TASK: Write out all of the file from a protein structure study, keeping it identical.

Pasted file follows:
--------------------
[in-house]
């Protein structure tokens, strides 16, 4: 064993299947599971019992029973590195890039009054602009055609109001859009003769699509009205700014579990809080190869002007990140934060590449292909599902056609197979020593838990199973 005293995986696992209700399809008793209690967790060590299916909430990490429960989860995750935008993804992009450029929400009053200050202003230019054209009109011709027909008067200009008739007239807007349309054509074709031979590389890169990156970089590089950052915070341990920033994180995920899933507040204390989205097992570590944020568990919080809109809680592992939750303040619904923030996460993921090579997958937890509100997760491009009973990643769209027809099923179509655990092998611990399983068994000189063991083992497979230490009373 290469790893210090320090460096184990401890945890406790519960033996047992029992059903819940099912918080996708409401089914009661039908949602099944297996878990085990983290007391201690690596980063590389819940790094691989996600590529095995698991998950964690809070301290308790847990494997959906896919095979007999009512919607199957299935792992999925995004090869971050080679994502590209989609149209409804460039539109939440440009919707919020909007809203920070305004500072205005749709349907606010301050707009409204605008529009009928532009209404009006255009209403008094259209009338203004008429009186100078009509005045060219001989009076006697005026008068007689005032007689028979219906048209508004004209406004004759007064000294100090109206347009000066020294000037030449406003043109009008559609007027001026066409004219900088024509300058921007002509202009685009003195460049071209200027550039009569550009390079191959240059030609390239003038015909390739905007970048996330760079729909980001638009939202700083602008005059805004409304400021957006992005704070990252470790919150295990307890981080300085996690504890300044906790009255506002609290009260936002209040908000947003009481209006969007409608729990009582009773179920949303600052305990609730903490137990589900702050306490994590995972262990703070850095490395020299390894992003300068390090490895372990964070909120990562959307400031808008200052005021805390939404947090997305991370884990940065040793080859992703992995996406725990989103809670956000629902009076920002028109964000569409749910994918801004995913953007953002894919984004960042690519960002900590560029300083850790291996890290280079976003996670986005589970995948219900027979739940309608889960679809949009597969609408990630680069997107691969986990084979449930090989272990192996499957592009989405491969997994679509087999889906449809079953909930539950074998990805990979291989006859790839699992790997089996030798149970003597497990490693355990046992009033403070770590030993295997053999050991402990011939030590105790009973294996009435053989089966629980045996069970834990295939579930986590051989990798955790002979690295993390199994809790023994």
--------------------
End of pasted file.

[in-house]
């Protein structure tokens, strides 16, 4: 064993299947599971019992029973590195890039009054602009055609109001859009003769699509009205700014579990809080190869002007990140934060590449292909599902056609197979020593838990199973 005293995986696992209700399809008793209690967790060590299916909430990490429960989860995750935008993804992009450029929400009053200050202003230019054209009109011709027909008067200009008739007239807007349309054509074709031979590389890169990156970089590089950052915070341990920033994180995920899933507040204390989205097992570590944020568990919080809109809680592992939750303040619904923030996460993921090579997958937890509100997760491009009973990643769209027809099923179509655990092998611990399983068994000189063991083992497979230490009373 290469790893210090320090460096184990401890945890406790519960033996047992029992059903819940099912918080996708409401089914009661039908949602099944297996878990085990983290007391201690690596980063590389819940790094691989996600590529095995698991998950964690809070301290308790847990494997959906896919095979007999009512919607199957299935792992999925995004090869971050080679994502590209989609149209409804460039539109939440440009919707919020909007809203920070305004500072205005749709349907606010301050707009409204605008529009009928532009209404009006255009209403008094259209009338203004008429009186100078009509005045060219001989009076006697005026008068007689005032007689028979219906048209508004004209406004004759007064000294100090109206347009000066020294000037030449406003043109009008559609007027001026066409004219900088024509300058921007002509202009685009003195460049071209200027550039009569550009390079191959240059030609390239003038015909390739905007970048996330760079729909980001638009939202700083602008005059805004409304400021957006992005704070990252470790919150295990307890981080300085996690504890300044906790009255506002609290009260936002209040908000947003009481209006969007409608729990009582009773179920949303600052305990609730903490137990589900702050306490994590995972262990703070850095490395020299390894992003300068390090490895372990964070909120990562959307400031808008200052005021805390939404947090997305991370884990940065040793080859992703992995996406725990989103809670956000629902009076920002028109964000569409749910994918801004995913953007953002894919984004960042690519960002900590560029300083850790291996890290280079976003996670986005589970995948219900027979739940309608889960679809949009597969609408990630680069997107691969986990084979449930090989272990192996499957592009989405491969997994679509087999889906449809079953909930539950074998990805990979291989006859790839699992790997089996030798149970003597497990490693355990046992009033403070770590030993295997053999050991402990011939030590105790009973294996009435053989089966629980045996069970834990295939579930986590051989990798955790002979690295993390199994809790023994």